African wild dog
Lycaon pictus is a large canid found only in Africa, especially in savannas and other lightly wooded areas.
It is commonly called the African Hunting Dog , African Wild Dog or Painted Wolf.
The scientific name "Lycaon pictus" is derived from the Greek for "wolf" and the Latin for "painted".
Adults typically weigh 18 to 34 kilograms. A tall, lean animal, it stands about 75 centimeters.
In packs, there are separate male and female hierarchies that will split up if either of the alphas die. In the female group, the oldest will have alpha status over the others, so a mother will retain her alpha status over her daughters.
For the males, in contrast the youngest male or the father of the other males will be dominant.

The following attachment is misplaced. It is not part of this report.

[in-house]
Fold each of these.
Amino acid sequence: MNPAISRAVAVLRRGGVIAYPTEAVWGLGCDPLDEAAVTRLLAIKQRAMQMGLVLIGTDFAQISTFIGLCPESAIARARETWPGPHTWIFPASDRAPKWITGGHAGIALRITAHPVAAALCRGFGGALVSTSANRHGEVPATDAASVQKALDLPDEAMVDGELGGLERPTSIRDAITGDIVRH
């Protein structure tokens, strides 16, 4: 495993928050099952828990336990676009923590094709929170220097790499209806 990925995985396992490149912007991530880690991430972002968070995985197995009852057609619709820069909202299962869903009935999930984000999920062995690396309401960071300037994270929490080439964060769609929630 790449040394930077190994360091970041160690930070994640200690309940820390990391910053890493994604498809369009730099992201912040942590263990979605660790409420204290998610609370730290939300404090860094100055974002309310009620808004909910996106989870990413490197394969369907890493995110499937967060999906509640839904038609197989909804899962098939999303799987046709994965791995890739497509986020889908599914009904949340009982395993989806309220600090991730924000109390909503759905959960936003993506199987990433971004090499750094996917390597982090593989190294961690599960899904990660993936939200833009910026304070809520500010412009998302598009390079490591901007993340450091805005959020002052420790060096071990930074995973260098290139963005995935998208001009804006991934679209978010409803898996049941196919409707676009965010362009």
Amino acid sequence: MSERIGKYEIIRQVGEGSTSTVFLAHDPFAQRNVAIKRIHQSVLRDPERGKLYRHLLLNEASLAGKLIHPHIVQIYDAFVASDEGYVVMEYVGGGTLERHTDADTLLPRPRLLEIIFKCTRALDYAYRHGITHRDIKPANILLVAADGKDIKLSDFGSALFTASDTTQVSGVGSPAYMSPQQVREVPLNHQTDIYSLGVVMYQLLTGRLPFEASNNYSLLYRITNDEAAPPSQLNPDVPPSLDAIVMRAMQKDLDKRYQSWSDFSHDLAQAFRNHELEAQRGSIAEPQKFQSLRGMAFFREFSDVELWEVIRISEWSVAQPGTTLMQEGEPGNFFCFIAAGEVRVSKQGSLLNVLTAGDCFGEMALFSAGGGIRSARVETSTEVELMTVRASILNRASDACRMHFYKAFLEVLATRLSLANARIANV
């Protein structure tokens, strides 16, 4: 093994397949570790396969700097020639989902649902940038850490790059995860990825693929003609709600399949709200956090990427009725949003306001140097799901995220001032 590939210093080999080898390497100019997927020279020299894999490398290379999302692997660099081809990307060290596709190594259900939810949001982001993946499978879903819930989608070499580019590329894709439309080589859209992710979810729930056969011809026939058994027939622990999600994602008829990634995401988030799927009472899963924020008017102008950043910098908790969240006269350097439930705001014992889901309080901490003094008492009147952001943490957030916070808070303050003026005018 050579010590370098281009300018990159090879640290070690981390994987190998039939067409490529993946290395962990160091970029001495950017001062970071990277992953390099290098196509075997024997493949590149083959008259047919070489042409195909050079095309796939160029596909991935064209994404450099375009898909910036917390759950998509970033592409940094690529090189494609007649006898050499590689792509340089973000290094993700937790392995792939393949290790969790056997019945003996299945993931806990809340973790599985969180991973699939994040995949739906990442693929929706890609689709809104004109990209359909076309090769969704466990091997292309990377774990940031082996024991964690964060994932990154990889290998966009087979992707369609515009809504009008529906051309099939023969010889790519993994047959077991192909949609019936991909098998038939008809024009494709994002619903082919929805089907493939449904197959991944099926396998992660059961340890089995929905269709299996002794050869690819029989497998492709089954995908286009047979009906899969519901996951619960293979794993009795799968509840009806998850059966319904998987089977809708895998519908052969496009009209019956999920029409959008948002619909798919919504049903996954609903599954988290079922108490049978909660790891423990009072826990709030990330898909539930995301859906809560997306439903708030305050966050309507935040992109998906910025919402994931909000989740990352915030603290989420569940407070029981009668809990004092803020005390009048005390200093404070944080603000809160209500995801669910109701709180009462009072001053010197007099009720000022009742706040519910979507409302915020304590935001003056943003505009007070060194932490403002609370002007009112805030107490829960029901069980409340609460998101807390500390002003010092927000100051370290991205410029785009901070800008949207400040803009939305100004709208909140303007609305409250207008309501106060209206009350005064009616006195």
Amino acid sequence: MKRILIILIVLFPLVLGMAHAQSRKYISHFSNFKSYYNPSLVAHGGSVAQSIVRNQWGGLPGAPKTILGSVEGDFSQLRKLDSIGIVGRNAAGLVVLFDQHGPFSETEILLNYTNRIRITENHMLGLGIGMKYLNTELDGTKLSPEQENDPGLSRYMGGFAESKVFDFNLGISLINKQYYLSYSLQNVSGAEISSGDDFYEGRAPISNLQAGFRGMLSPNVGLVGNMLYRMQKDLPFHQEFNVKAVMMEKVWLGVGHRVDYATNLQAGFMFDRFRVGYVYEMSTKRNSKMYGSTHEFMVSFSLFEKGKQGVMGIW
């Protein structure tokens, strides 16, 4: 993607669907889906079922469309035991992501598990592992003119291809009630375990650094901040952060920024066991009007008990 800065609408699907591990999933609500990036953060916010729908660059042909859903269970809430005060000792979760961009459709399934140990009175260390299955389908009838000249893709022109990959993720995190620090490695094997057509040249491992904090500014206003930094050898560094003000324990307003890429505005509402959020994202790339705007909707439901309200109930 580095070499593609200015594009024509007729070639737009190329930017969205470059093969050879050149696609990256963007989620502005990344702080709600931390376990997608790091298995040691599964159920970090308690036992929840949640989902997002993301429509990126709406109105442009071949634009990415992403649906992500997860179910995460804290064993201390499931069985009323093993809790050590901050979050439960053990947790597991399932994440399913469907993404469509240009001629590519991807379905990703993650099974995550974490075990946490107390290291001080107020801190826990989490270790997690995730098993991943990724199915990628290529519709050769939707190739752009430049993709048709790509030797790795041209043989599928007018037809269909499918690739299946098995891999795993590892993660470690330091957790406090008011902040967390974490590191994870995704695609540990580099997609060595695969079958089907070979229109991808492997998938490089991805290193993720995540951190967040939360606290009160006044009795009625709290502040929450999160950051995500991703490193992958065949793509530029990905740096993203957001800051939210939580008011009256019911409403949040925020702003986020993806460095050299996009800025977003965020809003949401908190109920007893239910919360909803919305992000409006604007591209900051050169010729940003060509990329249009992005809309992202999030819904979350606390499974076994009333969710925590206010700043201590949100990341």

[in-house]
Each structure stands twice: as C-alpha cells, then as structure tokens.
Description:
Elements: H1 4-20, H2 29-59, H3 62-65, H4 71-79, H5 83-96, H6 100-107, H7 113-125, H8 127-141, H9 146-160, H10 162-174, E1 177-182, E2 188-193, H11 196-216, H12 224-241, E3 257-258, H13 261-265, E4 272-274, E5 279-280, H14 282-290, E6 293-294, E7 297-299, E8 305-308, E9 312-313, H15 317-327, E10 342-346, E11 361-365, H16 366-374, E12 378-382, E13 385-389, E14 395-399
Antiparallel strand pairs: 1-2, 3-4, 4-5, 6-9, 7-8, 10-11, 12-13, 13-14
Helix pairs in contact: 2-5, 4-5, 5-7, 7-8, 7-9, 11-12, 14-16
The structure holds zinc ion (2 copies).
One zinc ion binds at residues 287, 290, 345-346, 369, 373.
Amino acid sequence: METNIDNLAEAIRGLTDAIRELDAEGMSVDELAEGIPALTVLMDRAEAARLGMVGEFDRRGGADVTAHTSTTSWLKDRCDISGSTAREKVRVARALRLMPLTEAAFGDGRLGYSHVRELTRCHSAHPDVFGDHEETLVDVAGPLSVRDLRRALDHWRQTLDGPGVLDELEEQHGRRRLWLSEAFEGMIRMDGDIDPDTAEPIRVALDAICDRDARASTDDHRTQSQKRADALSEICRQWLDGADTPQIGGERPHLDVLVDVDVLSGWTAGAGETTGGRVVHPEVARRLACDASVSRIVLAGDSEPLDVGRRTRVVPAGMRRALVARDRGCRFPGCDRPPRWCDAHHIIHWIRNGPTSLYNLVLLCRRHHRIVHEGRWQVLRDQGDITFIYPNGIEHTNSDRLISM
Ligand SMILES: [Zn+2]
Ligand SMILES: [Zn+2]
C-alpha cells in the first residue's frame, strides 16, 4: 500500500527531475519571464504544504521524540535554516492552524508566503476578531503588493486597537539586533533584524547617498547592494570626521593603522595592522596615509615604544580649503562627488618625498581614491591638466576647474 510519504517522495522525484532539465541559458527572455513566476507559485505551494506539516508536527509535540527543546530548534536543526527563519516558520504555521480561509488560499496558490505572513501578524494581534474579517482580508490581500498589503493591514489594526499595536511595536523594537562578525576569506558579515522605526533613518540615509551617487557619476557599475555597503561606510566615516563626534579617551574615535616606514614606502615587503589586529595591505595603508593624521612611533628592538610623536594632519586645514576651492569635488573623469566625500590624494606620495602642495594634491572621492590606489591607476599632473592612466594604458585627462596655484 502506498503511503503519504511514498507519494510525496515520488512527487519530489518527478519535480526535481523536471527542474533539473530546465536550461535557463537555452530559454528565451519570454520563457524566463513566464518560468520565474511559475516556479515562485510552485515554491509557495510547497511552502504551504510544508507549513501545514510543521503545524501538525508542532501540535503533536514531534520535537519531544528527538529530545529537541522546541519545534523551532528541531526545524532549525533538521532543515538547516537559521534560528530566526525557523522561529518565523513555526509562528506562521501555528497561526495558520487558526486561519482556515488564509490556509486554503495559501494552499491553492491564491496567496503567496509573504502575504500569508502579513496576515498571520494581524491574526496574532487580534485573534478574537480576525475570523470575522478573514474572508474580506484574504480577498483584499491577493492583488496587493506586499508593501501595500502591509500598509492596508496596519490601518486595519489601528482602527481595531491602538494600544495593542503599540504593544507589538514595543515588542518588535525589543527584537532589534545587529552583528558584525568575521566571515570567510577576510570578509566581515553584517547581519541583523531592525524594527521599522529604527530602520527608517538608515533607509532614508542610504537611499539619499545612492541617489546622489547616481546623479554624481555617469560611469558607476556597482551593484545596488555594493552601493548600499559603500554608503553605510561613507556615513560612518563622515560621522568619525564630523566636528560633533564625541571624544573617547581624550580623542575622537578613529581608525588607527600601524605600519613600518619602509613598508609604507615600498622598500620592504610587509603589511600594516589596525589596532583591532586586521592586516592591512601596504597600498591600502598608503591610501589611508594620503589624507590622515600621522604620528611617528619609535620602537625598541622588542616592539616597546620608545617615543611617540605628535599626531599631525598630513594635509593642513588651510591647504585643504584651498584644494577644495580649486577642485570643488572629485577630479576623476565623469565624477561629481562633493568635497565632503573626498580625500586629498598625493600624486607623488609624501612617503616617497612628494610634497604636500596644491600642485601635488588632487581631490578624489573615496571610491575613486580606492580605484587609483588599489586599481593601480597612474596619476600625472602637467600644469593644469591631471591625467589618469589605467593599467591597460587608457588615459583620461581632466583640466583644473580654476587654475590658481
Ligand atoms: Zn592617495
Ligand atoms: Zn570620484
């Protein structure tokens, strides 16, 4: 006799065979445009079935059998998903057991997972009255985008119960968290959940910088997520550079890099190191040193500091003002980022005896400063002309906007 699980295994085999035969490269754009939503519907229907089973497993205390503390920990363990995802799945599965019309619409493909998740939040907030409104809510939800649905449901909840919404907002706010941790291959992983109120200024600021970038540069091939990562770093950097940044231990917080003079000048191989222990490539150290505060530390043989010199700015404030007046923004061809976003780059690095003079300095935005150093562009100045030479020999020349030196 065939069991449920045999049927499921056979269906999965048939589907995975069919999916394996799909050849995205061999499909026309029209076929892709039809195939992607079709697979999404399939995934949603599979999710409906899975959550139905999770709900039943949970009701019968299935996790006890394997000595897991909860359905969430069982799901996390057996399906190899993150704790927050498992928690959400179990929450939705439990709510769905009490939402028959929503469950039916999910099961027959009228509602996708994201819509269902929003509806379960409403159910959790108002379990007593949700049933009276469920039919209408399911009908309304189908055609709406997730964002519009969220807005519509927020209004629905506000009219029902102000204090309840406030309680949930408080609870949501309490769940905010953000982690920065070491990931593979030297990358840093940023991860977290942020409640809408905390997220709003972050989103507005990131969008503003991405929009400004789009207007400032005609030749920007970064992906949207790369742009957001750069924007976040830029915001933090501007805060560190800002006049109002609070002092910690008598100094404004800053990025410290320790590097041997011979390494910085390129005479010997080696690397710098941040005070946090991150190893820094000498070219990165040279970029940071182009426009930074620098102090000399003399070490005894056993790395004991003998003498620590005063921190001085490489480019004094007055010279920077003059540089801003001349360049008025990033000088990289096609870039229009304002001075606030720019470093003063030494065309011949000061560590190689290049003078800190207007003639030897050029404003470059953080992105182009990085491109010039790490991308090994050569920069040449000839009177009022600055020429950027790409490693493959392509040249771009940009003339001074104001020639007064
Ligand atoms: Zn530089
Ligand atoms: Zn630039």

The African Wild Dog hunts in packs. Like most members of the dog family it pursues its prey in a long, open chase. Nearly 80% of all wild dog hunts end in a kill; for comparison, the success rate of lions, often viewed as ultimate predators, is only 30%.
Members of a pack vocalize to help coordinate their movements. Its voice is characterized by an unusual chirping or squeaking sound, similar to a bird.